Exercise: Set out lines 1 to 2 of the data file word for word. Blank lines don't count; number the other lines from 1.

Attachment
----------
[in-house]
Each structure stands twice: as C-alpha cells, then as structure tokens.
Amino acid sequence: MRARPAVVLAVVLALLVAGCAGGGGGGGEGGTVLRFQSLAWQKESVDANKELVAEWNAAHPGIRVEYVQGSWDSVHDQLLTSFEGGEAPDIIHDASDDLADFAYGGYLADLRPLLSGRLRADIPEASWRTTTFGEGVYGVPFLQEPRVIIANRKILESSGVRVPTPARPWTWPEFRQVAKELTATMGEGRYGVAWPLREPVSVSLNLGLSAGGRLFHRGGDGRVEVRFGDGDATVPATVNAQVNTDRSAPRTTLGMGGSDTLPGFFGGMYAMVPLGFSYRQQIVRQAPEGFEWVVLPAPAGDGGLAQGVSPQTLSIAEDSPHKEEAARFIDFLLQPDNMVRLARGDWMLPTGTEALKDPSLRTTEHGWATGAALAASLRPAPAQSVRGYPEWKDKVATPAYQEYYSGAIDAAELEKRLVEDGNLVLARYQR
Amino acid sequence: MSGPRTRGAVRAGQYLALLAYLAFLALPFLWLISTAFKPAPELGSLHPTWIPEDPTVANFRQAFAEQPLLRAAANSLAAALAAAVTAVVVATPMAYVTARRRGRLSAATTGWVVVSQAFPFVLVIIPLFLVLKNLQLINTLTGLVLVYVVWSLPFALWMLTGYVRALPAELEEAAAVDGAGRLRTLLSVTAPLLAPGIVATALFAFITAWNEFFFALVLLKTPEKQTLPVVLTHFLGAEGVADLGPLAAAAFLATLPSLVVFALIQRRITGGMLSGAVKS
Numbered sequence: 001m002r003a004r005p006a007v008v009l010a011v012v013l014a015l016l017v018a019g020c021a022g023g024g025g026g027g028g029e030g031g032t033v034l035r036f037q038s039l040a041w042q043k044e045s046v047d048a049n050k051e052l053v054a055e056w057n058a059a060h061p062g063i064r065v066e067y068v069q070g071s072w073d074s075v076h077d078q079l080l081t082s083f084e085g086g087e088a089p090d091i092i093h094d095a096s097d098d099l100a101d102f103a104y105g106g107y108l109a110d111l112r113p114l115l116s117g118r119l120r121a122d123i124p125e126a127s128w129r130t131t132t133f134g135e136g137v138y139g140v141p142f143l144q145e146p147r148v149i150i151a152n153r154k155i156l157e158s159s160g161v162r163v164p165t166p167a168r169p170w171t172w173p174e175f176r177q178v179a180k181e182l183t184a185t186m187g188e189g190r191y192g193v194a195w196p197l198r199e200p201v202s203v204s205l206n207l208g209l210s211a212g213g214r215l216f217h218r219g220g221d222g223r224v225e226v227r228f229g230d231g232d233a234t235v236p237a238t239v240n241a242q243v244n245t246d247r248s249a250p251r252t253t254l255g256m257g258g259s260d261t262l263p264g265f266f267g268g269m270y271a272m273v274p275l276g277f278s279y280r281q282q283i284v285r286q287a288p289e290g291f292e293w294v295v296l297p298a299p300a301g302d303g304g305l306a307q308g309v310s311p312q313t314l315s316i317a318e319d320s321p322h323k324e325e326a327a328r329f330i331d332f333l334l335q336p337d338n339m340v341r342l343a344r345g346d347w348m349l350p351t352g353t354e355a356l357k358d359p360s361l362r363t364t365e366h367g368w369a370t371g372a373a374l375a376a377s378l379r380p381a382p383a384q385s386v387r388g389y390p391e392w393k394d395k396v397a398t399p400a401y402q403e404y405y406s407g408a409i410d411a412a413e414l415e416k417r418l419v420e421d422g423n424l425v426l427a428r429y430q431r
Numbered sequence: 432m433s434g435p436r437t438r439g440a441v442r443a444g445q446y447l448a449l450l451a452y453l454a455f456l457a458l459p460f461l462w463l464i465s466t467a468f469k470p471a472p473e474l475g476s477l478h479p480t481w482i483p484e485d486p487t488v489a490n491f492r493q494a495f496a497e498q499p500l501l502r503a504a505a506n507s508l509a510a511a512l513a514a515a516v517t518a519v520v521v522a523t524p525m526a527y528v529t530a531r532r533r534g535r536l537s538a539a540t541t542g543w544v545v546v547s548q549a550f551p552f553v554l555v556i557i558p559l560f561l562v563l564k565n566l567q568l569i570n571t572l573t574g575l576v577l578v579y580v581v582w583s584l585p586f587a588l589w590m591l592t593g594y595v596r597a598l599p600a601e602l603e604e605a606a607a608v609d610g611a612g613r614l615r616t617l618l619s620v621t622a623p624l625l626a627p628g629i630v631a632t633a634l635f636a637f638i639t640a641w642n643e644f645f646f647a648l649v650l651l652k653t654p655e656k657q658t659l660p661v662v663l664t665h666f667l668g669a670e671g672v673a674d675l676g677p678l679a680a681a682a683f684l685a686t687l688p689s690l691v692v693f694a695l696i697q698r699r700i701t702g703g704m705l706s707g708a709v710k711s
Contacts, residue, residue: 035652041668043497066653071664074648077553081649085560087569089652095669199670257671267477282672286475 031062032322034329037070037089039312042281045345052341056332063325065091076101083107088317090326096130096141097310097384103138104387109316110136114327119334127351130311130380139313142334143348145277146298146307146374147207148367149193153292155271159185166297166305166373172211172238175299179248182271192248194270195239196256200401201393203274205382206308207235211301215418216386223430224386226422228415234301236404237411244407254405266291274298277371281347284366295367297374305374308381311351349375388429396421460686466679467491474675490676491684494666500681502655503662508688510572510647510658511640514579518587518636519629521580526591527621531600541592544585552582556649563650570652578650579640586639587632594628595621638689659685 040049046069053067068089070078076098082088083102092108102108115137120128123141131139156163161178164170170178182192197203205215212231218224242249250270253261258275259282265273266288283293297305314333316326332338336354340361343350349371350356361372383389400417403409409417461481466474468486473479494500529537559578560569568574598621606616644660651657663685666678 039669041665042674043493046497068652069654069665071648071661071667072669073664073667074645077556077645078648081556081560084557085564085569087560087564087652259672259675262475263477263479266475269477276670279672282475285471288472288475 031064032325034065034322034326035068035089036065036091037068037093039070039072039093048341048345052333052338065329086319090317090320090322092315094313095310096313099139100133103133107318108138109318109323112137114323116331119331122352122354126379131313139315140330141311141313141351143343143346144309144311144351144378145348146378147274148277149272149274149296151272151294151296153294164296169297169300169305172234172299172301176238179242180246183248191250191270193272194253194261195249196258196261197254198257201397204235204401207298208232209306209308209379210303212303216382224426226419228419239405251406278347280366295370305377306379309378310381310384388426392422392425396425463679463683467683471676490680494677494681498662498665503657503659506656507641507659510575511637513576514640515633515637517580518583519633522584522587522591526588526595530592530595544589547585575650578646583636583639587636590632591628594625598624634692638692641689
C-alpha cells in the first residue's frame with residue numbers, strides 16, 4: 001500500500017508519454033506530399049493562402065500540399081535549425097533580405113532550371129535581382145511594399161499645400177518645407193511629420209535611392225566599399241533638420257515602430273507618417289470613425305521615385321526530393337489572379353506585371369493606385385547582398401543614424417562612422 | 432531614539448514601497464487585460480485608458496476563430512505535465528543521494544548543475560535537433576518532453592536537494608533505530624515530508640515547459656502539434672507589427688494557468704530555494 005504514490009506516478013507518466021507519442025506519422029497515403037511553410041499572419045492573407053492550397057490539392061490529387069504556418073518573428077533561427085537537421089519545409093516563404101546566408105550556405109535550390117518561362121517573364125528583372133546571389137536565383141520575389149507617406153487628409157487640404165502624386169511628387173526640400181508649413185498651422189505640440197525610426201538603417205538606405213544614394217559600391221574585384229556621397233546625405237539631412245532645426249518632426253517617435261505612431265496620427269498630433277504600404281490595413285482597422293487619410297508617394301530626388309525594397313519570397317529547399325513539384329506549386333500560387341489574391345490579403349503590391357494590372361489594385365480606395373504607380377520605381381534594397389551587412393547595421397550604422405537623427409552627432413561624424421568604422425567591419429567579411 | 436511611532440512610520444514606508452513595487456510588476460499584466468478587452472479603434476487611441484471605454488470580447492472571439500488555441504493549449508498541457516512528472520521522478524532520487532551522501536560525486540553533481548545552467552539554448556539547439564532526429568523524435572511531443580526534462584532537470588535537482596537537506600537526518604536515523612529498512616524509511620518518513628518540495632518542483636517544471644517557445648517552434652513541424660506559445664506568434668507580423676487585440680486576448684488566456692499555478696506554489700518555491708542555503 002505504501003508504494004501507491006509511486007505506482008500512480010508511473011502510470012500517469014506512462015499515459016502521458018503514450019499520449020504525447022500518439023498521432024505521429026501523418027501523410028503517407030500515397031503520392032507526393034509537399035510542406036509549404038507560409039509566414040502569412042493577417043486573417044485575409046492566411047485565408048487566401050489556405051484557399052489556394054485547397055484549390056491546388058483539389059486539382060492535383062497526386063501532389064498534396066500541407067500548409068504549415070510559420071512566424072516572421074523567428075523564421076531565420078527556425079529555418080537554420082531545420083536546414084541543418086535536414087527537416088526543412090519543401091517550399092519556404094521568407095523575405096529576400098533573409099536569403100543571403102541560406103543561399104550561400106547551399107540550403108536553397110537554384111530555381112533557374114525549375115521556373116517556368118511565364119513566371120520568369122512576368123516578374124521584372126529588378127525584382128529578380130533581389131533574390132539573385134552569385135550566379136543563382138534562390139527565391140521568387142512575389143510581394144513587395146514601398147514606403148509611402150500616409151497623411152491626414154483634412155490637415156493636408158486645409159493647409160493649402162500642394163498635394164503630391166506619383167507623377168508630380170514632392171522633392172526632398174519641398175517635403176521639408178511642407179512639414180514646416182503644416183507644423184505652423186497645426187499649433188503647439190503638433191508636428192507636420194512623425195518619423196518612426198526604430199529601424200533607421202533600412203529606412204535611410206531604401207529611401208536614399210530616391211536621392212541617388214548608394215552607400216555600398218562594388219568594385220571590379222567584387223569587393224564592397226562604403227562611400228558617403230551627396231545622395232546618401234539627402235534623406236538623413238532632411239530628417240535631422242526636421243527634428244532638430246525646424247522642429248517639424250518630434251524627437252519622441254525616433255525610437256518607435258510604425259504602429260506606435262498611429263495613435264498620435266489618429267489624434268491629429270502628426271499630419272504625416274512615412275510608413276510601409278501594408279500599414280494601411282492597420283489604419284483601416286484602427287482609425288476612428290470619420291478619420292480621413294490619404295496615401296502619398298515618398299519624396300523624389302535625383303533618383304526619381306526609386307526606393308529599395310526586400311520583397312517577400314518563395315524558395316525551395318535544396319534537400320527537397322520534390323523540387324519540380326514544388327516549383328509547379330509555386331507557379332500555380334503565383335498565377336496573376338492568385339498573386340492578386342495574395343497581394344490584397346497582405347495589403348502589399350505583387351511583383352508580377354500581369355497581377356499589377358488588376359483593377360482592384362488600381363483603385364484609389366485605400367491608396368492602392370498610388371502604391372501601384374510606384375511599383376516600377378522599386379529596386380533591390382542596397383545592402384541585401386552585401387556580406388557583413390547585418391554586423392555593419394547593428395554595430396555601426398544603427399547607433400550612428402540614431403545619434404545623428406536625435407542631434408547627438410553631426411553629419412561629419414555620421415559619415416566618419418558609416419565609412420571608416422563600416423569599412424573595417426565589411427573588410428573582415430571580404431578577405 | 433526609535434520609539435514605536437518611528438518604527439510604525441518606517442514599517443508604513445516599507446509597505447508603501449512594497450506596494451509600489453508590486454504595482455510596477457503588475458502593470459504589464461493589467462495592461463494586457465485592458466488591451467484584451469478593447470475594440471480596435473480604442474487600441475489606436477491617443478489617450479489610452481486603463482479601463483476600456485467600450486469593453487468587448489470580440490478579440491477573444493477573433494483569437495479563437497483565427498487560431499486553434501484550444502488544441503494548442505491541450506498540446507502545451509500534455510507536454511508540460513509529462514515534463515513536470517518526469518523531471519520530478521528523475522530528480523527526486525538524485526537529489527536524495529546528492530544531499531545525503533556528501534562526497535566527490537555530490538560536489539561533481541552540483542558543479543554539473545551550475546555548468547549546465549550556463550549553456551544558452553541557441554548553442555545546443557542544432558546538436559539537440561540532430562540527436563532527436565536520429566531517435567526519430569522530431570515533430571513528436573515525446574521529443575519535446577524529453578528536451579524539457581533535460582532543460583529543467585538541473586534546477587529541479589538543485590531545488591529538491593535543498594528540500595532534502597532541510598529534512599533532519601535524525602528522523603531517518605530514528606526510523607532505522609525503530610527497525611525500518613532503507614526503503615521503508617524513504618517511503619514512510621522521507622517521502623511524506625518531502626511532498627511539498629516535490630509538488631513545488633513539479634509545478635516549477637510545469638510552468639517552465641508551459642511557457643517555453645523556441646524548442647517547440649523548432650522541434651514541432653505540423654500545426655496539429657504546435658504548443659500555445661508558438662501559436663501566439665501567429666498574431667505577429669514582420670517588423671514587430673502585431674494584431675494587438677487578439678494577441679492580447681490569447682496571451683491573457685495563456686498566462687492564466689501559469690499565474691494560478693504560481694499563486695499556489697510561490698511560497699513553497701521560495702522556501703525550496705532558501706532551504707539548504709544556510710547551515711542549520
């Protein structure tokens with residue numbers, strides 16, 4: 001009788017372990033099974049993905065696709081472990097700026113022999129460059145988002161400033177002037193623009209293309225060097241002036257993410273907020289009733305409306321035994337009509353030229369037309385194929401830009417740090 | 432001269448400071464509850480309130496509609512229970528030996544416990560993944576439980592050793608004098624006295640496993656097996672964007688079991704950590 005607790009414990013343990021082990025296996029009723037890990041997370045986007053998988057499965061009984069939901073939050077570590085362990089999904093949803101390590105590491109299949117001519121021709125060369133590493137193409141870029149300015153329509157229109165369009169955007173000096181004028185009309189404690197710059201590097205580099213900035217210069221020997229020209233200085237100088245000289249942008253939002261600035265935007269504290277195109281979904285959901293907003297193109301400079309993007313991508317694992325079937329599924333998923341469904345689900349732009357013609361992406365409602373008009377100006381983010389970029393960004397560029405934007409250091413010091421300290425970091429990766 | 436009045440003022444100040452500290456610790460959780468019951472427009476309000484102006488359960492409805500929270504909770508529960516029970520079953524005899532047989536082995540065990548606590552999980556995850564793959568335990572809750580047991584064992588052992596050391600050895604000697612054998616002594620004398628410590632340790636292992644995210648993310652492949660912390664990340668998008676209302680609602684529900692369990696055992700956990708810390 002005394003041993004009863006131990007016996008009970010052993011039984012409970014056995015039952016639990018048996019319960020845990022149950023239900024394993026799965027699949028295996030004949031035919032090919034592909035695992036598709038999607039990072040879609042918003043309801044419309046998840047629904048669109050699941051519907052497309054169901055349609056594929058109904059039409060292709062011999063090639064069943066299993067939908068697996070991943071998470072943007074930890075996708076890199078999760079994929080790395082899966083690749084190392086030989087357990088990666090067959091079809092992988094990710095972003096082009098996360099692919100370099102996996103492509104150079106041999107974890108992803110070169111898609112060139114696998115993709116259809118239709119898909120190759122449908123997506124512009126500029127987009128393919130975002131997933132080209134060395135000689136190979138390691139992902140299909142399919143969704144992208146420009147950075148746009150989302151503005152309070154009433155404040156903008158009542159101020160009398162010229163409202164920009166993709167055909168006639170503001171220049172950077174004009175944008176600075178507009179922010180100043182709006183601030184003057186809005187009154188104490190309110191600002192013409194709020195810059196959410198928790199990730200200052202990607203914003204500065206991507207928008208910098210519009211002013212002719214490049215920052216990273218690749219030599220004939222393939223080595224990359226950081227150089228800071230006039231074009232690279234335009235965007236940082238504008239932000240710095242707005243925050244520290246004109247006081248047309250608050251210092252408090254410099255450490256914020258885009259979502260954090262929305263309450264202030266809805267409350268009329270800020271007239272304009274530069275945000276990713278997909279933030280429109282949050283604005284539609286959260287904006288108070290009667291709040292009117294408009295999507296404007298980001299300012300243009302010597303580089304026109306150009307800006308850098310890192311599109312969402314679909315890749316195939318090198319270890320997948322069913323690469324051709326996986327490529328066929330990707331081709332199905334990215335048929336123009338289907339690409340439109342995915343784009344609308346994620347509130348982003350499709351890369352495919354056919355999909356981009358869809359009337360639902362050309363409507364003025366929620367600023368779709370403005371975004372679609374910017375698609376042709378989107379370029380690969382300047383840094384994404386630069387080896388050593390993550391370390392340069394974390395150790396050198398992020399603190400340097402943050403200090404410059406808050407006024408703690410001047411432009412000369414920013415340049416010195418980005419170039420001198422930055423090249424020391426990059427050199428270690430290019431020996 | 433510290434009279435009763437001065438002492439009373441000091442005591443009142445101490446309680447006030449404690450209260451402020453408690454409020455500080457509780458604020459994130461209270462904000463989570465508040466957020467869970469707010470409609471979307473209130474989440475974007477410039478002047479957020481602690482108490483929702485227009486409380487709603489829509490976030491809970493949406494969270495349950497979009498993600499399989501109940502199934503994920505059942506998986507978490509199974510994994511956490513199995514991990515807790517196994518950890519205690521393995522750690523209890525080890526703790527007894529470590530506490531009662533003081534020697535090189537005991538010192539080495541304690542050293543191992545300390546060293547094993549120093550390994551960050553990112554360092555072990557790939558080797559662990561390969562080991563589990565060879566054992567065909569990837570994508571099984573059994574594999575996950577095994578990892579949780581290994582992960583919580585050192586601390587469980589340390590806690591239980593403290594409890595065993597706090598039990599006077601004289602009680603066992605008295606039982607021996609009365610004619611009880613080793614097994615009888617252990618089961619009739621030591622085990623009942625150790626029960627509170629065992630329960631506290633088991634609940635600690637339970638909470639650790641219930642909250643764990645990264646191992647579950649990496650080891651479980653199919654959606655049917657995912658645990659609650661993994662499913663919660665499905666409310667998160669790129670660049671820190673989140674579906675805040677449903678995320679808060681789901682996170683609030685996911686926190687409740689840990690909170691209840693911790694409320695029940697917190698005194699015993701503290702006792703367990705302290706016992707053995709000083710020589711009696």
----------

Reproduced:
[in-house]
Each structure stands twice: as C-alpha cells, then as structure tokens.